Young B6 mice received a single BrdU pulse, and within the BrdU-labelled cells the percentages of cells in GO/G1, S or G2/M is recorded over a nineteen hour chase period. The points and dashed lines represent Baron experimental data. Simulation of the same pulse chase conditions using our mathematical model, with the mean parameter values (S1 Table) obtained from our 2-month-old B6 mice (n = 4). The points and continuous lines represent the results of our simulation.

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Signature of proliferation according to T cell differentiation stage, age, and genetics

The complexity and heterogeneity of cell populations that compose the thymus led us to analyse, more deeply, the proliferation rates of cells according to their differentiation stages, thus across time. Thymocytes were further decomposed in the earliest immature triple negative thymocyte CD4-CD8-CD3-(TN), in DP (double positive thymocyte CD4+CD8+, sub-divided into DP CD3lo and DP CD3hi according to low or high expression of CD3), CD4, and CD8 mature CD3+ populations (S1 Fig upper panel). In the spleen, CD4 and CD8 T cells were separated as CD44lo (naïve) and CD44hi (antigen-experienced). CD4+Foxp3+ (regulatory T cells, Treg) cells were also identified as a sub-population of CD4 T cells (S1 Fig lower panel). From all data collected in the thymus, we were able to establish a linear correlation between the observed percentages of EdU+ cells and the fitted proliferation rates that is similar in the two strains of mice and is independent of the age (Fig 6). The equation y = -0.000884+0.0119x allows estimation of the proliferation rates, y, for further experiments using the same pulse/chase protocol duration, from x = %EdU+ cells (r2 = 0.99, p<0.01). Estimated parameter values are given in S2 Table.

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Fig 6. Signatures of lymphocyte proliferation according to strains and ages.

The upper panel shows the correlation between the percentages of EdU+ cells observed 16 h after the pulse/chase/pulse experiment in thymus of B6 and FVB mice (80 values) and according to the age of mice (2 months: blue circle, 18 months: red circles). Hierarchical unsupervised clustering showing the clusters of mice according to the rates of proliferation. Values and statistics are given in S1, S2, S3 and S4 Tables. Proliferation rates/day are significantly different (p<0.05) comparing: In thymus: B6 2M vs B6 18M: 2M>18M in DP, CD8; FVB 2M vs FVB 18M: 2M>18M in DN and CD4; B6 2M vs FVB 2M:B6>FVB in DP CD3+, CD8; B6 18M vs FVB 18M:B6>FVB in CD8. In spleen: B6 2M vs B6 18M: 2M>18M in CD4 CD44hi; FVB 2M vs FVB 18M: 2M>18M in CD4 CD44hi;B6 2M vs FVB 2M:B6>FVB in CD4, CD4 Foxp3+; B6 18M vs FVB 18M:B6>FVB in CD4 Foxp3+, CD8 CD44hi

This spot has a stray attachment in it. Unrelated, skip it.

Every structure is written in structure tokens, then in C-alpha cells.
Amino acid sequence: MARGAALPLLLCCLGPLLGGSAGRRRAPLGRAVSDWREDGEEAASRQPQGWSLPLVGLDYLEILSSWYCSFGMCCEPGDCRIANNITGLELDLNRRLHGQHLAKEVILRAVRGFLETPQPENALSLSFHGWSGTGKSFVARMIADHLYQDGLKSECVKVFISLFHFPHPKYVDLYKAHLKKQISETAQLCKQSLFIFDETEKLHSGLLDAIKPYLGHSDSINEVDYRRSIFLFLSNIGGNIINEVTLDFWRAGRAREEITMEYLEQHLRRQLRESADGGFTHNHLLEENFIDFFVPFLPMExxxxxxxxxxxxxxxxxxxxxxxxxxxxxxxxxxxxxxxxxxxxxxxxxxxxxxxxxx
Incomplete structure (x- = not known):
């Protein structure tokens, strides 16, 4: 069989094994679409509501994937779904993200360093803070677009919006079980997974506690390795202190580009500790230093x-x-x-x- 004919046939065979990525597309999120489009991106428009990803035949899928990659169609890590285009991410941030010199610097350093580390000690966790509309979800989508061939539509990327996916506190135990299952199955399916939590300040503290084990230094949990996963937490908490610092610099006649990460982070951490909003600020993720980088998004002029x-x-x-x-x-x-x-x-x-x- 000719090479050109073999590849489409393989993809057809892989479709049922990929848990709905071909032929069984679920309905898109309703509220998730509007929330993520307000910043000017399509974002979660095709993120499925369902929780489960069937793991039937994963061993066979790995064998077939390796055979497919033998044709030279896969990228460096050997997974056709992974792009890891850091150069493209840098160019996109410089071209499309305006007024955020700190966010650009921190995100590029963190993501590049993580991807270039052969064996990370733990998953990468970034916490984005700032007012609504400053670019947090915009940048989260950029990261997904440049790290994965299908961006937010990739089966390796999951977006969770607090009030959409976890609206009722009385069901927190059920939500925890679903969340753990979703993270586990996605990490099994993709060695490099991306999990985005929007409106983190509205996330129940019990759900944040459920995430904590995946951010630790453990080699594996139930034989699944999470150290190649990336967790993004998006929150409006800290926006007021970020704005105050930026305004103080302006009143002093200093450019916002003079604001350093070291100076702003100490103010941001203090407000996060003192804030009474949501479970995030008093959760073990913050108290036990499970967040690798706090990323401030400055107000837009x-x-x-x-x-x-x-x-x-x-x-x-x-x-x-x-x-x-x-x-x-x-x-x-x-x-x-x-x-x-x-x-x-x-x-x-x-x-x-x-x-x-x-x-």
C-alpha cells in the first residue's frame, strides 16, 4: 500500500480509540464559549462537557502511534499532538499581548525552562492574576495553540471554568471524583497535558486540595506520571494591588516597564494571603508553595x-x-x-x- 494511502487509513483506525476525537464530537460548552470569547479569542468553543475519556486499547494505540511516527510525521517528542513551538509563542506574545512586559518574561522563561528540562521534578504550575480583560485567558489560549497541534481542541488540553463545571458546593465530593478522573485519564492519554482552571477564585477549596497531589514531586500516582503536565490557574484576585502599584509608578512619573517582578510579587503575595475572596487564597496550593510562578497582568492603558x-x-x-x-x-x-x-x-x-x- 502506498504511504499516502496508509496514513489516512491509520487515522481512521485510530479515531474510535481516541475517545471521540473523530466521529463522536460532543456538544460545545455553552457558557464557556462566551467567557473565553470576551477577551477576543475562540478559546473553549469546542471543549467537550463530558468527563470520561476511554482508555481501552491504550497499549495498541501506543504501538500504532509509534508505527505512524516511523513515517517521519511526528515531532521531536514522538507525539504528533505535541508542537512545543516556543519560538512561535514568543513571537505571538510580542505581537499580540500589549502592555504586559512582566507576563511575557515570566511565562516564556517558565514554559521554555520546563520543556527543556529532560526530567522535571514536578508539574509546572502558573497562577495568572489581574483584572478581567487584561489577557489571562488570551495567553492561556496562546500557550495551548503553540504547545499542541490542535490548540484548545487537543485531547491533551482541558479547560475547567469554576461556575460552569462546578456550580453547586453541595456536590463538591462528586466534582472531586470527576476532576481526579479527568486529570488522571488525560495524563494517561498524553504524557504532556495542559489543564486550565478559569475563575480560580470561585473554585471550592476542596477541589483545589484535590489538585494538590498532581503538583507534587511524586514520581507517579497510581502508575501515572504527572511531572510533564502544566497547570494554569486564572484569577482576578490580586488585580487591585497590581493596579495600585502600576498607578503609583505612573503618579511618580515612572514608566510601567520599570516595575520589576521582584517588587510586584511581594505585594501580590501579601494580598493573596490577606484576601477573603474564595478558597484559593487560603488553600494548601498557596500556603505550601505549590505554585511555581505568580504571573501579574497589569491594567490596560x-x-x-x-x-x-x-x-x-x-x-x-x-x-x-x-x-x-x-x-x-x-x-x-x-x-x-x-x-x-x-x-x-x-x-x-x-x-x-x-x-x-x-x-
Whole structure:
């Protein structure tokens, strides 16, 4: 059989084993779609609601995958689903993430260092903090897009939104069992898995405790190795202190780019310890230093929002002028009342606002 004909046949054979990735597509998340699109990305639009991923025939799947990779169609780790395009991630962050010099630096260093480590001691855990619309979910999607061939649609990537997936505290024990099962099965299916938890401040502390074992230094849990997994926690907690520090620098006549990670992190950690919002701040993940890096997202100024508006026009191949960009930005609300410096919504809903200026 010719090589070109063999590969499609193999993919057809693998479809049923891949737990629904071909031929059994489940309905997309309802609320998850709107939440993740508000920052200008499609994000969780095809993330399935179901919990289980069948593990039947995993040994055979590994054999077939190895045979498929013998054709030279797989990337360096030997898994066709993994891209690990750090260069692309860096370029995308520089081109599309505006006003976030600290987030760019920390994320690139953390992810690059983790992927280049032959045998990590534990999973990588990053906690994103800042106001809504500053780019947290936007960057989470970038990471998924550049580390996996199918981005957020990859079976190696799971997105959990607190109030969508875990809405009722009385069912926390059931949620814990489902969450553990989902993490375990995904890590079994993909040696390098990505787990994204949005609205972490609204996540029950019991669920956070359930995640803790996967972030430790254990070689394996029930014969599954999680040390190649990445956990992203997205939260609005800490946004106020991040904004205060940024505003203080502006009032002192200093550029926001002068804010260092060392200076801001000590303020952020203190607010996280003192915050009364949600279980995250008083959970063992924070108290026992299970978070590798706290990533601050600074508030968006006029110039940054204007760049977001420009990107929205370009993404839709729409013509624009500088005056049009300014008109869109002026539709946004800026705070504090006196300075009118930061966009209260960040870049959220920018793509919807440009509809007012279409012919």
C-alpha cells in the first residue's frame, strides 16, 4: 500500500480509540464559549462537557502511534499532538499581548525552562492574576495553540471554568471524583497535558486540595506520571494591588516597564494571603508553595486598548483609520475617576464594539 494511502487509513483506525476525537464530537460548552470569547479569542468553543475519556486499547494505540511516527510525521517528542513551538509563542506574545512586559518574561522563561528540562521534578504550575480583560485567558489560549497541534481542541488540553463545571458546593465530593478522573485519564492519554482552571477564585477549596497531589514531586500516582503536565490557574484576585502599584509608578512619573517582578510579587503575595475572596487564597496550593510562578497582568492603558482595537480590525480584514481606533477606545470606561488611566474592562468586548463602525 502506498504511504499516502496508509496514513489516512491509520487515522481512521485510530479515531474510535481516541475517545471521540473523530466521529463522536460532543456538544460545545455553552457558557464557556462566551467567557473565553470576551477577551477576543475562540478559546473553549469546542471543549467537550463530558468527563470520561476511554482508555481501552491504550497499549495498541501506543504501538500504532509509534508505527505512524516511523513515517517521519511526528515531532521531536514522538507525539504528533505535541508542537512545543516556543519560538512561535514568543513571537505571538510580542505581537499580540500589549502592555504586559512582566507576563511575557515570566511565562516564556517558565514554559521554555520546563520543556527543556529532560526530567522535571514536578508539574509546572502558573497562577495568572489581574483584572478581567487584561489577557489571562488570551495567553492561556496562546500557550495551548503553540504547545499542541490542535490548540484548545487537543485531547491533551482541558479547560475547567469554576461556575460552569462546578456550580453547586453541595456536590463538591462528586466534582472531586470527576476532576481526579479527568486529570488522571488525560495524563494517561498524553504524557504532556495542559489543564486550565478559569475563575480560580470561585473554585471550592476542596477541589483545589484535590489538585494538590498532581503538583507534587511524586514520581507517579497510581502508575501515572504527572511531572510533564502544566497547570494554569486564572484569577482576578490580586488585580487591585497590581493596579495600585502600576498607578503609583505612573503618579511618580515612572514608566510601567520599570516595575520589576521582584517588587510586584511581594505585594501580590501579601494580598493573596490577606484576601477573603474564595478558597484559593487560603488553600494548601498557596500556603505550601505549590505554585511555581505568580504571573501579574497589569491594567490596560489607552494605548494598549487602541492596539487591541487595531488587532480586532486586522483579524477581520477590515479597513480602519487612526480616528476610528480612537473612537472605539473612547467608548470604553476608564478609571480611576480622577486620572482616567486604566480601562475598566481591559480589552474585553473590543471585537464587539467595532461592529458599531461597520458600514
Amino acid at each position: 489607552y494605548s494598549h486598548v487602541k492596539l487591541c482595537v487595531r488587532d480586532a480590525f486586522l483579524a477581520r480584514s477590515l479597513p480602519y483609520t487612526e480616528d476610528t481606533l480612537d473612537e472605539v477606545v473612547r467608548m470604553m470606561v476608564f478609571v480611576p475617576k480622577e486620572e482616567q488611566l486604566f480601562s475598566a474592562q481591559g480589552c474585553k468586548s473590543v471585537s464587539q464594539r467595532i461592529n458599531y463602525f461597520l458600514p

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Because the intragroup variability of proliferation rates is low while inter-group heterogeneity is high (S1 Fig), unsupervised hierarchical clustering allows identification of clusters of mice according to age, strain, and differentiation stage giving particular signatures (Fig 6). The heterogeneity of cell dynamics is revealed at the various steps of differentiation. If decomposition of the population is performed so as to identify rare populations as DN1 to DN4, then to DP that increase CD3 expression through maturation while modulating CD4 and CD8 co-expression, then one can observe oscillations in proliferation (S4 Table and S1 Fig median panel), as previously observed in young B6 mice using other protocols [36]. Hence in the thymus, while DN1 cells (the early thymic precursors) display minimal proliferation, in particular in old FVB mice (1.2%/day), CD8 mature thymocytes are the cells that display the highest proliferation rate (45%/day in young and a 2-fold decrease to 21%/day in old B6 mice) (S4 Table). Thus, the inter-mitotic time for CD8 CD3+ mature thymocytes in young B6 are of about 2 days (S2 Table), suggesting expansion of mature thymocytes before thymic export, while such proliferation is limited in FVB. The relative durations of G0/G1 and G2/M phase and thus inter-mitotic time increase with aging in most thymic populations (S2 Fig). In the spleen aging perturbations are more irregular. Altogether these durations are again heterogeneous according to the stage of differentiation and T cell lineage.

Numbers of cells per differentiation stage in the thymus are in accordance with the progression of thymocytes within 4 weeks as previously modelled in young FVB mice [1]. These numbers are correlated to the numbers of EdU+ cells (Fig 7 upper panel). Thus, an exponential growth of cells occurs during their residence in the thymus from DN2 where they actively divide up to late DP cells (Fig 7 lower panel). The minimal estimate of exponential cell divisions in B6 mice is 13 divisions in about 22 days, higher than the previous 9 divisions estimate [37]. This estimation does not take into account the cell death that occurs essentially at DN4 (1–3% of cells are dying/day) and at early DP stage for cells co-expressing the highest levels of CD4 and CD8 (death slightly increases from 13 to 15%/day in B6 mice and from 8 to 12%/day in FVB mice with ageing) during the thymic selection processes (Fig 7, S5 Table). We calculated the ratio of cell number EdU+/death as a performance index of T cell expansion. In FVB, the EdU+/death ratio is lower than in B6 at all stages of differentiation (S5 Table, Fig 8). Thus, although the total number of cells reaches similar expansion, the balance between division and death appears quite different in both strains.